Saturday, April 3, 2010

Burnt-Rossman SF and Partridge Run WMA

I headed over to Burnt-Rossman SF first thing in the morning to check on the Red Crossbill nest.

The female was still on the nest and you can actually see her tail hanging out in the above photo.

A little further down the road a few were found gritting in the road.

Incredible how tame these birds can be.

As I was watching the crossbills I happened to notice a large bird approaching from the south.

It was a juvenile Golden Eagle. Heading back up north on today's southerly winds.

As it came closer, the small white ovals at the base of the inner primaries were visible.

You can also see the "serrated" trailing edge of the wing. Another juvenile trait.

Back at Partridge Run WMA, I found a group of River Otters in one of the ponds that the ice was finally starting to go out on.

The fishing looked to be great and they were stuffing themselves with fish.

An adult Bald Eagle flew over as the otters fished below.

River Otters do very well in this area. It's tough to get a good look at them most of the time as they are very wary of people. These shots were fairly distant.

They also took a break to roll in a patch of snow and play around a little bit.

After their break was over, it was back into the water to do some more fishing.

They would occasionally hop back up on the ice and then slide back into the water. This one actually has some vegetation around it's neck. It sure didn't slow it down at all.

A good mammal sighting for today.

I stopped by the Common Raven nest. Sure enough, a couple of the eggs had hatched and now we have nestlings.

And then on to the Northern Goshawk nest. The nest has been under construction the last few days so I figured I'd check on it. The female was busily working on it when I got there. I watched her carefully adding another stick to it and trying to weave it into just the right position. Everything was fine until she realized I was watching her. I got the "evil eye" and I'm probably going to pay for this in the future.

Friday, March 19, 2010


I stopped at 5-Rivers on the way home from work. It was a fantastic late winter day. Mild, sunny and just a slight breeze. I spotted a Northern Shrike not far from the main parking area and was lucky enough to get some great looks at it. At this time of the year there is no doubt that this bird is heading back north. I knew this would probably be the last one I would see until next winter. Below are some pictures I managed to get of this bird as it hunted from a couple of perches.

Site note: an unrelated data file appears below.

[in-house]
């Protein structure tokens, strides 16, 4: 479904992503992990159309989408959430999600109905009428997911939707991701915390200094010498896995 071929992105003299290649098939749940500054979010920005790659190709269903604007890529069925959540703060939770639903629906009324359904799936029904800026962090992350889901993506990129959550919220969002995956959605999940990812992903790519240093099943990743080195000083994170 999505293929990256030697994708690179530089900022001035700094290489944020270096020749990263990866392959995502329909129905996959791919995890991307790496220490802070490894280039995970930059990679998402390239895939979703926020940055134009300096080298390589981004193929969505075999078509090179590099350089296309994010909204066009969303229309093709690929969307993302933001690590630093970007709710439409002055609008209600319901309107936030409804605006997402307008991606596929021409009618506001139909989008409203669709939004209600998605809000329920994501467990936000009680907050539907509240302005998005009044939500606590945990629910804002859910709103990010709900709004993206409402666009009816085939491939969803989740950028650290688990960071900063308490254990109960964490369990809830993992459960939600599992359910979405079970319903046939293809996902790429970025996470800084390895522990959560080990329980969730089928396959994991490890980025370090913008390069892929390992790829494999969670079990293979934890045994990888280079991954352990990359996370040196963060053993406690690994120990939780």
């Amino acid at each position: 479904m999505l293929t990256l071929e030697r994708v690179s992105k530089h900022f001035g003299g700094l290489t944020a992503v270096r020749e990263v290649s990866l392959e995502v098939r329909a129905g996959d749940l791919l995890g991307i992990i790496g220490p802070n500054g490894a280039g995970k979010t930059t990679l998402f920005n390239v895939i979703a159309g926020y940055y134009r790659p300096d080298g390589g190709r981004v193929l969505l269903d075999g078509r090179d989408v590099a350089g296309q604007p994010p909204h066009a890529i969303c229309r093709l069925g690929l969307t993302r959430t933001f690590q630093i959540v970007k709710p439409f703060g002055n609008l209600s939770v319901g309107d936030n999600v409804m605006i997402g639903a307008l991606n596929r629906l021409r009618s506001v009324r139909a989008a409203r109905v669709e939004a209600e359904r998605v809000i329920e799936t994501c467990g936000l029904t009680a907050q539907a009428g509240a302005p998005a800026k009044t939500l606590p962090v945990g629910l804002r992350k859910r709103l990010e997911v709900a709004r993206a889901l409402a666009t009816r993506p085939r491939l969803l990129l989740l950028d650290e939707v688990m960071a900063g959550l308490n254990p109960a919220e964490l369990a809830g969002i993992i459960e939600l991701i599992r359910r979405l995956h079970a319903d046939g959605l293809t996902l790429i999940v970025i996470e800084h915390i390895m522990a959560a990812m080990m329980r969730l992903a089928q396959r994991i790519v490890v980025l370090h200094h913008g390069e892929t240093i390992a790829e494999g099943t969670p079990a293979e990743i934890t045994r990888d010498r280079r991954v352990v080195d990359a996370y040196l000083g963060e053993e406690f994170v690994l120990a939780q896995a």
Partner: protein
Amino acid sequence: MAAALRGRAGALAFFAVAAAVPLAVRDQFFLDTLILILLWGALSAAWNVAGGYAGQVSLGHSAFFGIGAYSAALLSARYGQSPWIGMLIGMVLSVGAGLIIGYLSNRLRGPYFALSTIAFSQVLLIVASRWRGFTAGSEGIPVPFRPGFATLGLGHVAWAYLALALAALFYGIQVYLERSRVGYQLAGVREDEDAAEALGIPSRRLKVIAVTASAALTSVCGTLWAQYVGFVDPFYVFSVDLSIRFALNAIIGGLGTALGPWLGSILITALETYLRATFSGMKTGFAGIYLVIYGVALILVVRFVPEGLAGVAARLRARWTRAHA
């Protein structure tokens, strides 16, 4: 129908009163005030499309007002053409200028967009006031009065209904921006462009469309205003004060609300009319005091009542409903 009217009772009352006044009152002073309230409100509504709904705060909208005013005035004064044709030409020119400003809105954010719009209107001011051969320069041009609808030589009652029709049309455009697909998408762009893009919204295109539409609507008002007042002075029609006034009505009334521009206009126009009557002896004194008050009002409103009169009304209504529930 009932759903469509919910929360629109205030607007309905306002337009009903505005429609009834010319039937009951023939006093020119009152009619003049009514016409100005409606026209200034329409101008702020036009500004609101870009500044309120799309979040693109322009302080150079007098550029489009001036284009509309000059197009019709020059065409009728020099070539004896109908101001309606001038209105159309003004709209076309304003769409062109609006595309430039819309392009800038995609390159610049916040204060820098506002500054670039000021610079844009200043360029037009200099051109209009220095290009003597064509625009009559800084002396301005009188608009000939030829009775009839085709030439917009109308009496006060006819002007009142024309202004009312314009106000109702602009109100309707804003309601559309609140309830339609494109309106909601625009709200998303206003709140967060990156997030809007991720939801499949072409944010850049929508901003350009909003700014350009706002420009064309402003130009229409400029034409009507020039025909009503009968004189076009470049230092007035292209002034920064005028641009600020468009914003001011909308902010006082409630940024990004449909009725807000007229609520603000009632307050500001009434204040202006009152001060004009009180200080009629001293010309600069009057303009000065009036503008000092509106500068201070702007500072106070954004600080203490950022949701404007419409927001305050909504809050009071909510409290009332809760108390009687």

Tuesday, March 16, 2010


It was a sunny, late-winter day, so after work I decided to take a short hike and see if the Northern Goshawk that I had run into a couple of days ago was still there.

I've done a lot of snowshoeing this winter and it is a very enjoyable way to bird. I still use a traditional pair that I bought years ago. They're a pair of modified "bear paws" made by Iverson. Much quieter and buoyant than the new neoprene and aluminum shoes out there.

It didn't take long for the bird to find me. It's obvious at this point that it has set up a territory and plans on sticking around.

Judging by the size and coloration of this bird, I'm guessing that it's a male. The flight feathers are dark (almost black) and the upper coverts are lighter giving the uppersides of the wings a two-toned appearance.

One look at the powerful legs and talons of this bird and you realize that once prey finds it's way into this hawk's grasp - It does not escape!

The clear blue sky today and the late afternoon sun made for some great pictures.

The red eyes put a nice touch on this fierce predator.

Some more vocalizing and then I figured it was time to leave.

This is a Goshawks territory.

As I left the woods and the sun was setting, I had a feeling I'd be back here quite a bit this spring.

Sunday, March 14, 2010


We still have quite a bit of snow on the ground. It's amazing how long it takes for for a snow pack of 5 feet to melt. Winters in this neck of the woods can be long and I have found that the best way to survive them is to stay busy and use the snow and cold to ones advantage. I really enjoy snowshoeing and this has been a great year for it. Not only is it great exercise, but it's actually much easier to get around the woods when there is a thick blanket of snow on the ground. All that underbrush that one gets tangled in during the summer is half buried and a lot easier to walk over. I picked a very remote area in the town of Berne today to do some snowshoeing. It's an area that I rarely visit and thought it would be fun to explore.